“Additionally, the State of Ohio offers a number of programs that can help Cleveland employers attract and retain qualified talent. Through its website, OhioMeansJobs, employers can search through a database of over two million resumes to find available workers with specific skill sets. There are also a number of tools and other resources available for human resource professionals,” noted Victor Bierman, Ohio lawyer and business expert.

Image Credit: Tim

Ohio Wants to Shed Rust Belt Image

Ohio factory redevelopment

With significant advances in education, health care, technology and other industries, Ohio Governor John Kasich recently announced that its time for Ohio to shed its “rust belt” image. “We are no longer the rust belt; we live in the knowledge belt,” he said.

The term “rust belt” was coined back in the late 20th century when Ohio’s economy was mostly reliant on manufacturing. When manufacturing dried up in Ohio, as it did in much of the country, the state sought a more diversified economy. And today, the state is no longer reliant on a single industry. Some of the major industries that have popped up in Ohio include automotive, which is boosted by easy access to rubber, steel, and glass. There’s also a thriving agricultural industry, which contributed $105 billion of Ohio’s total economic output of $898.7 billion in 2010, according to PolitiFact. And then we have the aerospace industry which produces a yearly economic impact of over $8 billion, according to hiVelocity.

Furthermore, Governor Kasich believes that “Knowledge Belt” is more reflective of the current economic reality in the region. Capitalizing on some of the highest ranking educational institutions in the nation that are graduating some of the best and brightest has led to the significant growth in knowledge-based industries that are now the cornerstone of Ohio’s thriving economy. Ohio is an innovative leader in health care, with Cleveland Clinic, as an example. And the state has invested heavily in technology and is on the forefront in a variety of research projects, including with autonomous vehicle research. The list goes on and on.

Also, many of the old abandoned warehouses and factories have been renovated and converted into residential units, office buildings and other uses. The old Joseph & Weiss garment factory in Cleveland will be full of life again when its renovation as a public charter school for gifted children is complete in time for the 2017-18 academic year.
“However, erasing the old image may not be an easy task. Former governor Ted Strickland and U.S. Sen. Sherrod Brown attempted to rebrand the state as “the Silicone Valley on alternative energy” but it didn’t stick,” mentioned Victor Bierman III, Ohio lawyer and business expert.

The good news is a number of states have been in a similar situation and successfully rebranded. Las Vegas, for example, gave the label “Sin City” a new meaning with the now infamous tag line “what happens here, stays here”. Ohio can also do the same by embracing its manufacturing legacy and building on a new future as the “knowledge belt”.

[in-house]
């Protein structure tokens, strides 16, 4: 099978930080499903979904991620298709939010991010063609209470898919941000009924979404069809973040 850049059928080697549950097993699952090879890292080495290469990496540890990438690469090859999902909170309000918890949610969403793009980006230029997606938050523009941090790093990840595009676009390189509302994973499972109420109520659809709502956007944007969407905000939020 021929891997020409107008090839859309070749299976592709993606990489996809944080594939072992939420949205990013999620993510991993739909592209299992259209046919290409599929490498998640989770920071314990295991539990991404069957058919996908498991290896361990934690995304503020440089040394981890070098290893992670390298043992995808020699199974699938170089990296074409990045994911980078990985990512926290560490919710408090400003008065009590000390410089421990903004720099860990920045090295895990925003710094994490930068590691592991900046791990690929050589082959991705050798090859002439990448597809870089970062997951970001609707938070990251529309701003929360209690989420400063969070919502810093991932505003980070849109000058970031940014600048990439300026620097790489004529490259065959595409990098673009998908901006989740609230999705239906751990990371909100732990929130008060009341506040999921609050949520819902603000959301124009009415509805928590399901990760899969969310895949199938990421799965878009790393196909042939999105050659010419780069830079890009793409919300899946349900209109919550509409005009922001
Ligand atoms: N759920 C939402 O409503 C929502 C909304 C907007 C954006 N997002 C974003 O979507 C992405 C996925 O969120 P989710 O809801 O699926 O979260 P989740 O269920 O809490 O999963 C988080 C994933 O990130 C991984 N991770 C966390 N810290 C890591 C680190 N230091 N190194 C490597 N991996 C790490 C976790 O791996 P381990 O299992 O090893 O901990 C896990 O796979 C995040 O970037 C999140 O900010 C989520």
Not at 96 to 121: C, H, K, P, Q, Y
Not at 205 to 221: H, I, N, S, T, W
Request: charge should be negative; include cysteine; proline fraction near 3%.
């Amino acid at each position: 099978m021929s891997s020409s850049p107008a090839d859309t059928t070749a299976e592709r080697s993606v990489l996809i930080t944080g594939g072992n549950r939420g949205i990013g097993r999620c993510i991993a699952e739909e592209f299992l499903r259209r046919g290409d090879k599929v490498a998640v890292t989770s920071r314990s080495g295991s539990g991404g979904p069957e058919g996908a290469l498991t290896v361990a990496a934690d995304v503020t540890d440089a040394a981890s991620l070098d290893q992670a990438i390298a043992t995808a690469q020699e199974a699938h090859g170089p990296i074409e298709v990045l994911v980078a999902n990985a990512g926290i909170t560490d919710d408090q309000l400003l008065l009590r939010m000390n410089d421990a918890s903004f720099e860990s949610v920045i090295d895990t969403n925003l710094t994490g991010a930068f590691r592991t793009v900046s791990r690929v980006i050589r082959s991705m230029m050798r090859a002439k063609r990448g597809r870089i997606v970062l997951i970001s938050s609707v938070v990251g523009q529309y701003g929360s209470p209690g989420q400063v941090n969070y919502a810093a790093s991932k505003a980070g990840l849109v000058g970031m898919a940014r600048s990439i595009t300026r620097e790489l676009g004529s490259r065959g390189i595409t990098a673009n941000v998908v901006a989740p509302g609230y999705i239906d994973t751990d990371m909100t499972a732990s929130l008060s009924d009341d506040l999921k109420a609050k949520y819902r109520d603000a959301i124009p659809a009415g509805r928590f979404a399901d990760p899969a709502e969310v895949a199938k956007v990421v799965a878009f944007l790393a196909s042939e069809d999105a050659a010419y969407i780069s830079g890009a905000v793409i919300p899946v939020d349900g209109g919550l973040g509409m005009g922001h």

Image  Credit: ODSA

Ohio Has Most Improved Business Climate in America, says Survey

ohio groundbreaking

America’s CEOs have spoken and Ohio has the most improved business climate, according to a recent survey by Chief Executive Magazine. In its annual ranking of the top 50 states to do business, Ohio moved up ten spots and is now the 12th best state for business in the U.S. Ohio has brought in commonsense regulatory policy, which has greatly helped the state improve its business climate. “The fact that the nation’s CEOs now see Ohio as a top ten state in which to do business is solid recognition of the jobs-friendly business climate we have worked so hard to create here,” said Governor John R. Kasich.

The business-friendly reforms and common-sense fiscal management are paying off for Ohioans. This has allowed the state to develop a strong, balanced budget. And when combined with a reduction of a net $5 billion in taxes has helped bring more jobs to the state. Also, Ohio ranks 12th in the nation for gross domestic product (GDP) growth, according to the latest 2016 quarterly GDP report released by the Bureau of Economic Analysis.

On the jobs front, Ohio has created more than 428,000 new private-sector jobs since 2011, according to JobsOhio. The business friendly environment has allowed many companies to expand their presence in the state. In addition, many companies are making plans to invest in Ohio, with the latest being Fiat Automobiles that has announced plans to invest $1 billion in Ohio and Michigan plants. The investment is expected to create 2,000 jobs in both states, and this is good news for Ohio.

“Not long ago, the state had dismal job creation and retention numbers. The business climate was so challenging that industries and residents started to pack up and leave,” noted Victor Bierman, an Ohio Lawyer and Business Expert. This resulted in an $8 billion budget shortfall, making economic conditions even worse. But, with good governance and great vision, the state has made an incredible resurgence, and is now one of the best places in the country to start or expand a business.

Image Credit: Nestlé